Why is it so hard to build a startup? How do I make it easier?
I have worked on a startup off and on for the past 2 years. My previous startup shutdown when my engineers ran off as the money dwindled. Why is it so hard to build a startup? Why it such an arduous, complicated task? The simple answer is: Product-Market fit.
The definition of Product Market fit, from my perspective, means that you have created a business product that satisfies consumer demand. In essence, people want the crap you’re peddling. Why do they want it? Well, it scratches them where they itch. Something innate, most likely traced back to Maslow’s hierarchy of needs, has been realized in actuality.
Well that’s great, fantastic. How does one figure out whether their startup is going to succeed in achieving Product Market fit? Firstly, it starts with research. Examine your idea. Examine the competitive landscape you’re going to play in and do any sort of quantitative analysis to determine whether people are already buying something close to what you’re selling. You could also ask people too. You could go up to one of your neighbors and say, “Hey, Chuck. I have this product idea for a fantastic new backyard water slide that’s going to allow kids to play endlessly without ruining your lawn. Is that something you would be interested in buying?”. Well, yes, I do believe so.
That’s easier to do if you have a physical product, but if you’re dealing in the digital realm, a’la apps, you have to do something call building a prototype.
Building a prototype is a lot like an architect building a model. It’s essentially saying: this is the basic functionality. This is what it’s going to look like — potentially — when it’s finished. This is how we foresee it looking towards the time we launch.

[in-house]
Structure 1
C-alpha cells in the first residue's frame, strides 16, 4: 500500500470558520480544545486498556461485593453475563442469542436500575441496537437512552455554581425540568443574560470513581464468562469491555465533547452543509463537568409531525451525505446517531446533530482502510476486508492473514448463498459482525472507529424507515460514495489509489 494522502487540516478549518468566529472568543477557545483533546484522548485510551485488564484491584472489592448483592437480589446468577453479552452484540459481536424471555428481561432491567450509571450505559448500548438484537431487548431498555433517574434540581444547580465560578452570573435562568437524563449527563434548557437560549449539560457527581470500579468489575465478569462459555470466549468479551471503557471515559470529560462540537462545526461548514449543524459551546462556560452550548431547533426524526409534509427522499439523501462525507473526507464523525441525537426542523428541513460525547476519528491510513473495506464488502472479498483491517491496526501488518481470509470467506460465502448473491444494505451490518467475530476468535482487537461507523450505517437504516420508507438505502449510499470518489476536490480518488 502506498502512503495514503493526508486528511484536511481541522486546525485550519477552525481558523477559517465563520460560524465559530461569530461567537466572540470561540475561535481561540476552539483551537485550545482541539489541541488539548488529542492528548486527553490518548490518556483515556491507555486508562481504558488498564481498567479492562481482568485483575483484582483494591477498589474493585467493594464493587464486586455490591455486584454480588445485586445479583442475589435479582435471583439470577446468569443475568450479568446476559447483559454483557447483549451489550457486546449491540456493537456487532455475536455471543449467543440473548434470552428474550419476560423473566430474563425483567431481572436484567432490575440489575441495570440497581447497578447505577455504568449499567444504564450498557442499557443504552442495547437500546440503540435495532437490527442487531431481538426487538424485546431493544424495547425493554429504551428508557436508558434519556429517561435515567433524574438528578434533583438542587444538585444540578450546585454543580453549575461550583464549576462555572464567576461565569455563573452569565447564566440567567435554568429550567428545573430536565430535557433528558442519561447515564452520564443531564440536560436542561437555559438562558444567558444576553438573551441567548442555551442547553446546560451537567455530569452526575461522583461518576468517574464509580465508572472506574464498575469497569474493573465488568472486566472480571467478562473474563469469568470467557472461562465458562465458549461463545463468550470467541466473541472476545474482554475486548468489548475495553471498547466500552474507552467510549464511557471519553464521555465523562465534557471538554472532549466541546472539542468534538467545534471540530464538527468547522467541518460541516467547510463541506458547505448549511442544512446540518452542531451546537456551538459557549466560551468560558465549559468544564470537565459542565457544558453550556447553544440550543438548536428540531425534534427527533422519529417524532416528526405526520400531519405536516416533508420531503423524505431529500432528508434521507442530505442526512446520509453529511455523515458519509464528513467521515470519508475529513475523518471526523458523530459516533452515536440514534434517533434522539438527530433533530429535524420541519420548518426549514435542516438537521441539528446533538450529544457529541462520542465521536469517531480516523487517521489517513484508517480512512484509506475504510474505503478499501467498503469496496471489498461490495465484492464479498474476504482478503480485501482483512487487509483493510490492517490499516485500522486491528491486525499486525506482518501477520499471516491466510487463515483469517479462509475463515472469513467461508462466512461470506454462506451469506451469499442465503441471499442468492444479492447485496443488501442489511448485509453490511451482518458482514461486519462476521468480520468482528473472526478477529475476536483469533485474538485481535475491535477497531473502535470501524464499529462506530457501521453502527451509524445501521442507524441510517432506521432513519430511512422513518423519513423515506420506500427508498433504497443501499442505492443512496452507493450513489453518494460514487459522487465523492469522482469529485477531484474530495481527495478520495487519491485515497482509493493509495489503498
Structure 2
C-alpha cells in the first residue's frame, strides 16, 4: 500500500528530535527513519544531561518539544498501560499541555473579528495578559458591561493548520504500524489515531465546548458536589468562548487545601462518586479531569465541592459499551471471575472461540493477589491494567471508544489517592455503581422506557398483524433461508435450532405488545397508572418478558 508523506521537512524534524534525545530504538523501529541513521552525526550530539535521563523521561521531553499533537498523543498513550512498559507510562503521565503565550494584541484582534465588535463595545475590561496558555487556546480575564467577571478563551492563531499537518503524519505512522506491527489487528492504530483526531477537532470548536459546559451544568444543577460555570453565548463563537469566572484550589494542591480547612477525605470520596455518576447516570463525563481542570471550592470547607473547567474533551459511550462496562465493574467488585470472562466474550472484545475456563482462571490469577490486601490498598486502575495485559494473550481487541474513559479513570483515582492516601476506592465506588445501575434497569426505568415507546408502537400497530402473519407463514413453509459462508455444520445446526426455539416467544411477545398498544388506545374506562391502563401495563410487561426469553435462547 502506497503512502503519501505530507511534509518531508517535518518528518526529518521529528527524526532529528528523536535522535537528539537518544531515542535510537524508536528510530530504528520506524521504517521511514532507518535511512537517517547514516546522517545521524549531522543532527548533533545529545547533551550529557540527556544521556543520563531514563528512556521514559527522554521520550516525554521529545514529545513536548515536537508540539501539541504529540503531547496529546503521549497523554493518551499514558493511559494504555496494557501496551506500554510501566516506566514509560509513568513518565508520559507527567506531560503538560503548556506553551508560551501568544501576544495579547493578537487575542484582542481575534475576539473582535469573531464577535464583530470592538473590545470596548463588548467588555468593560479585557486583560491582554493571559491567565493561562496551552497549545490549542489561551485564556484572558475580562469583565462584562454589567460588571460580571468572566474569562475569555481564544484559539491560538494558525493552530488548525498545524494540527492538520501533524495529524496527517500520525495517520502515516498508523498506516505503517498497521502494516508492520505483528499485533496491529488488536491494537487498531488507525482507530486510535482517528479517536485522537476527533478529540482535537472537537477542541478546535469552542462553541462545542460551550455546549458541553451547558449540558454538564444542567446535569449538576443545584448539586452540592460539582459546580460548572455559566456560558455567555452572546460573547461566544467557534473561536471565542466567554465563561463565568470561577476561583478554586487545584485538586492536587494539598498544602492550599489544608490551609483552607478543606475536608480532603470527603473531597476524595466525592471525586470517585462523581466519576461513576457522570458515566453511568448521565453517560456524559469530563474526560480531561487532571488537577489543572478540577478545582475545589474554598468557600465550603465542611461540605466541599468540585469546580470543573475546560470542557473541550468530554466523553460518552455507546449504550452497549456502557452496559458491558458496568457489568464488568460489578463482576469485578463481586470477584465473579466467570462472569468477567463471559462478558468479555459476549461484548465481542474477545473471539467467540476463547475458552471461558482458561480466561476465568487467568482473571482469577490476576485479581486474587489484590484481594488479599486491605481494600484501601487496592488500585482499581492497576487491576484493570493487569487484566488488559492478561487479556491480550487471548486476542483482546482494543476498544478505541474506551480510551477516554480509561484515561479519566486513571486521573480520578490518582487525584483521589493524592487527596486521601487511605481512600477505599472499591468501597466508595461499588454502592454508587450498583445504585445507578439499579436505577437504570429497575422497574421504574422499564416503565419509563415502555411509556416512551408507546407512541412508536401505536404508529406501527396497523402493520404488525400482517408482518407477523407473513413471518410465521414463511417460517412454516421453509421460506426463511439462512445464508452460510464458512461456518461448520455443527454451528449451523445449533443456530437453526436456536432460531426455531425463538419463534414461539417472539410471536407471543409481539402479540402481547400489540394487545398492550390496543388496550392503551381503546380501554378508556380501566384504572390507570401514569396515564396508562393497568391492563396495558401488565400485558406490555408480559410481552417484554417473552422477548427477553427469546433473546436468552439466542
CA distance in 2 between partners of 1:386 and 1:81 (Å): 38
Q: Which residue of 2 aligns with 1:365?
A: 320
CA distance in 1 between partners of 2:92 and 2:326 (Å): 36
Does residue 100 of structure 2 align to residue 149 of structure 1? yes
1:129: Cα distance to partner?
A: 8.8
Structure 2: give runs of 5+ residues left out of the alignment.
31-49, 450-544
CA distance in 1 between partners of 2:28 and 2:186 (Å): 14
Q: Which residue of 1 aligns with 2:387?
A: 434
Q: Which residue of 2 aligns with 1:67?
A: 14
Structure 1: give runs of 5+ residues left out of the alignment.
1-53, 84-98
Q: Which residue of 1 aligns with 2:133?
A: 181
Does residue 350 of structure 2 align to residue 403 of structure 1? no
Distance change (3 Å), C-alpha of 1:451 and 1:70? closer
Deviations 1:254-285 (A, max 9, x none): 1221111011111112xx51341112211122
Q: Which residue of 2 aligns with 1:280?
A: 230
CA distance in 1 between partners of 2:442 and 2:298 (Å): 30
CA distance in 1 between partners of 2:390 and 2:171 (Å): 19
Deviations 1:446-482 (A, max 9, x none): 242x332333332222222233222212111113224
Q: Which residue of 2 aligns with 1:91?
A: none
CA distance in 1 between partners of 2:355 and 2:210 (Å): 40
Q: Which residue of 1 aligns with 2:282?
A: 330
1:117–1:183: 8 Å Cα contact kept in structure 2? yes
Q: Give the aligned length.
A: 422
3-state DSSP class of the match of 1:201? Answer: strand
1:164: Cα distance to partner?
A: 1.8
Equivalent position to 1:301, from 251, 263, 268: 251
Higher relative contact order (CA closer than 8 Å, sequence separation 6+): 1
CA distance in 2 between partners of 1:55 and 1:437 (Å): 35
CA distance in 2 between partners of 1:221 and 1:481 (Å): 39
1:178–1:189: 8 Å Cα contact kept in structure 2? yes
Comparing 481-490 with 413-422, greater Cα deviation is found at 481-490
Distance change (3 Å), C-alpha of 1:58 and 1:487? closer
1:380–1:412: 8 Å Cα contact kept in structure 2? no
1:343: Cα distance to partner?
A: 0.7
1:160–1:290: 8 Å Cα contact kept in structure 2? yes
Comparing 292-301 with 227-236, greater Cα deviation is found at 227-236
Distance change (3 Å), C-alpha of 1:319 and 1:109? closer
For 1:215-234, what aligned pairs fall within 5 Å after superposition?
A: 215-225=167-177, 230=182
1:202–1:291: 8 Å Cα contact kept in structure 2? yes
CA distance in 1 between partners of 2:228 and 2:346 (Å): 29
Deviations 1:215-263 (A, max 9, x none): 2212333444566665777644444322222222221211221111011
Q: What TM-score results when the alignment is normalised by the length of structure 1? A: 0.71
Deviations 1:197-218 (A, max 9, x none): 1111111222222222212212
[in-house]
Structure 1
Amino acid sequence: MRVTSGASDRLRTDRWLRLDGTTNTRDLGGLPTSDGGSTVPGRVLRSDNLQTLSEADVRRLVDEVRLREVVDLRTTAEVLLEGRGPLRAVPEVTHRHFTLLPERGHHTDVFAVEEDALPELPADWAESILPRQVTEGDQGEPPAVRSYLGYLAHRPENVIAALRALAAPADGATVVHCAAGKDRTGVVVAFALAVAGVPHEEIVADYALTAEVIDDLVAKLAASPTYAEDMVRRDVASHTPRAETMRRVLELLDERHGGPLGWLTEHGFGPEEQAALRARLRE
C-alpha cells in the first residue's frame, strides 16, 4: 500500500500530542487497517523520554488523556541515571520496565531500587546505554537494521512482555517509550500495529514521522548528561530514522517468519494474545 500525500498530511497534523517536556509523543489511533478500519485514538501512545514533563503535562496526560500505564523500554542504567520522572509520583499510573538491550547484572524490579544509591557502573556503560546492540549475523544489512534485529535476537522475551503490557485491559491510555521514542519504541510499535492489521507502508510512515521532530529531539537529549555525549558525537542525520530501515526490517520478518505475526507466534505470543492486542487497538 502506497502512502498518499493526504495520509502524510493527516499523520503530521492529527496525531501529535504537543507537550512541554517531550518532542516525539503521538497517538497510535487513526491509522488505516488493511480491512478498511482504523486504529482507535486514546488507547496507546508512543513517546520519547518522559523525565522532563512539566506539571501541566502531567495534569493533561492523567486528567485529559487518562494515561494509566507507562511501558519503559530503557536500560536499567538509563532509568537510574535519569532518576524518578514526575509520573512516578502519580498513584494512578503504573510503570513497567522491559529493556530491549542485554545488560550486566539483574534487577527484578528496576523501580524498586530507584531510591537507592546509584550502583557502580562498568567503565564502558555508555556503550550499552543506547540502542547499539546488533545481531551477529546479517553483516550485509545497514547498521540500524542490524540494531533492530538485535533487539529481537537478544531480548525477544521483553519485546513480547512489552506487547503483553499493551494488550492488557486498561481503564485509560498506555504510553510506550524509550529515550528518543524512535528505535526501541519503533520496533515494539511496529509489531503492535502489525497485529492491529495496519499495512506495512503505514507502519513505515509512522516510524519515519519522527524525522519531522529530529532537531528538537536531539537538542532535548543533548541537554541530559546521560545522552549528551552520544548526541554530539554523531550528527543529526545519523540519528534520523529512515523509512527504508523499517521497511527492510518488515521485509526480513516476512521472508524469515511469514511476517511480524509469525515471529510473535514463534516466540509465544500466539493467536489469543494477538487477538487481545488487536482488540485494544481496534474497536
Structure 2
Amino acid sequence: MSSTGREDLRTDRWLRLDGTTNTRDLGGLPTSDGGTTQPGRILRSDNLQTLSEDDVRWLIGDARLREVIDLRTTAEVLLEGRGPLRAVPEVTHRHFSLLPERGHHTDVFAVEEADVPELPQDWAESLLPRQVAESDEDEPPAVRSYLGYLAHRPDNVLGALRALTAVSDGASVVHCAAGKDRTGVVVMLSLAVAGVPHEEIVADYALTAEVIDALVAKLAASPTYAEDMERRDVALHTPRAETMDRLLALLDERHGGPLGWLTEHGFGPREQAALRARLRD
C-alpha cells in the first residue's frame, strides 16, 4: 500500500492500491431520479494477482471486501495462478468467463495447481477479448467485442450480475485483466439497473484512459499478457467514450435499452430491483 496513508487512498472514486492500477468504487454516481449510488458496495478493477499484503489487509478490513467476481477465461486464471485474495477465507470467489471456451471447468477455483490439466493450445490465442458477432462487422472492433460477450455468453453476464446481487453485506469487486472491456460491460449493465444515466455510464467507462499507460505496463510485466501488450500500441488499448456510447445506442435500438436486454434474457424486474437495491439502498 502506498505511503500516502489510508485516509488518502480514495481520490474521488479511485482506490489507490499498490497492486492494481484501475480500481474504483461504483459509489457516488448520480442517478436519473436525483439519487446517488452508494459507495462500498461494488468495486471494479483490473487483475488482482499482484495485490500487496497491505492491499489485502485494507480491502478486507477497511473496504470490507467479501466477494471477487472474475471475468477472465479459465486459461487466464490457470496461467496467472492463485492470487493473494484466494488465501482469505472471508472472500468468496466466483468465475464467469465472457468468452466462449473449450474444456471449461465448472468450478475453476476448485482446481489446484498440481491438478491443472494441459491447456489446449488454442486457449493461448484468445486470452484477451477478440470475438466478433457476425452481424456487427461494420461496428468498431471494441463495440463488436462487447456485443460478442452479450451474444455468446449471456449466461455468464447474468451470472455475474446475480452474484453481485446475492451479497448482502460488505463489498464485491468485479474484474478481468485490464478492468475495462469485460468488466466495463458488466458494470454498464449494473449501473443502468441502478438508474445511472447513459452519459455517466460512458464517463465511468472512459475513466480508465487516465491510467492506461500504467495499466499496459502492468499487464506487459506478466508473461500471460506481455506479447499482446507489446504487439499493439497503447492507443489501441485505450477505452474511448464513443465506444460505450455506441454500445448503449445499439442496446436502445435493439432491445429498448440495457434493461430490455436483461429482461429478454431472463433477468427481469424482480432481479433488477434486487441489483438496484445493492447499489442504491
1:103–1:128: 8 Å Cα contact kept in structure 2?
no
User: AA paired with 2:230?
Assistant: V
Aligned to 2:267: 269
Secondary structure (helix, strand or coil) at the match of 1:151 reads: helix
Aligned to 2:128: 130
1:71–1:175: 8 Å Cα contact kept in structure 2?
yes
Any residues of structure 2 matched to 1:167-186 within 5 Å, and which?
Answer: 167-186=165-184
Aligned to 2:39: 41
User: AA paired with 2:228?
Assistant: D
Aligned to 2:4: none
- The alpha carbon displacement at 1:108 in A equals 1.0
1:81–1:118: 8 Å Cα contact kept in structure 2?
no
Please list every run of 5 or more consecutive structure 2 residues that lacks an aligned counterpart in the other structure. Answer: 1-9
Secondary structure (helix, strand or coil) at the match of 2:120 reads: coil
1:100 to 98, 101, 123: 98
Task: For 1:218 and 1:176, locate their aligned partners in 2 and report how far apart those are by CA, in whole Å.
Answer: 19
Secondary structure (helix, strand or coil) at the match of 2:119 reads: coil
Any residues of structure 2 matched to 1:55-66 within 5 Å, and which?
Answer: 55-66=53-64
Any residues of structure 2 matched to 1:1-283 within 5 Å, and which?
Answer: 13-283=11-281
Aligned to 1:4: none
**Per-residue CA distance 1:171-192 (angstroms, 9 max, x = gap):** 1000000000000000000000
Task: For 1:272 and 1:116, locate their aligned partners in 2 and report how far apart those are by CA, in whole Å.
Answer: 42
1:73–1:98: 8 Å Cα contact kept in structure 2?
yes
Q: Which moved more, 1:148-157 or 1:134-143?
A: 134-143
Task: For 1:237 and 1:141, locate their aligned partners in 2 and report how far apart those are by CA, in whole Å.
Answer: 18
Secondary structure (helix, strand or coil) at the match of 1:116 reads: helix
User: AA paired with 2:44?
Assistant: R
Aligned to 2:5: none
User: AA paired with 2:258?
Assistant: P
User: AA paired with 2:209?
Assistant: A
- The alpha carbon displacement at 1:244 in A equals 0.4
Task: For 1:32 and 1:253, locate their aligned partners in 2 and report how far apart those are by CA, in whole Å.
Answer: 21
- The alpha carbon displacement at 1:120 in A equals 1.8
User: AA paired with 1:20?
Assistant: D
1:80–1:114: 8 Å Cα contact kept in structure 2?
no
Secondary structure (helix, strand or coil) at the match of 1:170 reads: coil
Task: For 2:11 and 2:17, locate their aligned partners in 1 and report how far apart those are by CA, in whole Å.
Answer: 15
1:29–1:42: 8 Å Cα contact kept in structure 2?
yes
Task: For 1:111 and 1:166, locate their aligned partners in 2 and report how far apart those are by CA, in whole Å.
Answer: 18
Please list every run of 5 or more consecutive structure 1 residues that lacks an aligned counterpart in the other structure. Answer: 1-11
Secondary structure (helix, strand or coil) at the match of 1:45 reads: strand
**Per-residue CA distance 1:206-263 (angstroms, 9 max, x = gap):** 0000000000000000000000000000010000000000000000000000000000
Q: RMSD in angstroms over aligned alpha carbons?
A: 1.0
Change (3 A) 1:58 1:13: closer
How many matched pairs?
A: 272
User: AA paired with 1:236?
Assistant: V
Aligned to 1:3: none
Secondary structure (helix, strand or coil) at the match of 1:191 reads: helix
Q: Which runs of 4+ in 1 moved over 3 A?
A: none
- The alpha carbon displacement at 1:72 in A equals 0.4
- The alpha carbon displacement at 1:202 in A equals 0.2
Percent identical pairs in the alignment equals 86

A prototype is an important thing as it allows people to see your vision, because – let’s face it, humans are inherently awful at describing a creative idea when it only lives in a person’s head.
You can build a prototype in a number of ways, such as:
- A low-fi paper prototype sketch
- A mid-fi interactive prototype utilizing something call InVision
- A hi-fi fully interactive prototype coded by a developer
These methods are best utilized in phases, starting with #1 at the beginning of your product development phase, #2 in the middle and #3 towards the end. Testing is a must and should be done as often as possible. I will write a full post on how to properly conduct user testing, but here’s the jist:
- Sit someone down and give them the preamble (why they are here)
- Run them through 10 tasks and ask them probing questions when they start to stumble
- Ask them follow up questions to gauge their response to the exercise and any final questions
That seems easy right?
So, why is it so hard to build a startup? Well, getting a user to use something you’ve built is not exactly straightforward. It takes time to build a product that achieves Product-Market Fit. But, if you do….you’ve created a product from scratch that had no value and suddenly has…a lot of value. A lot. And, you know what that means.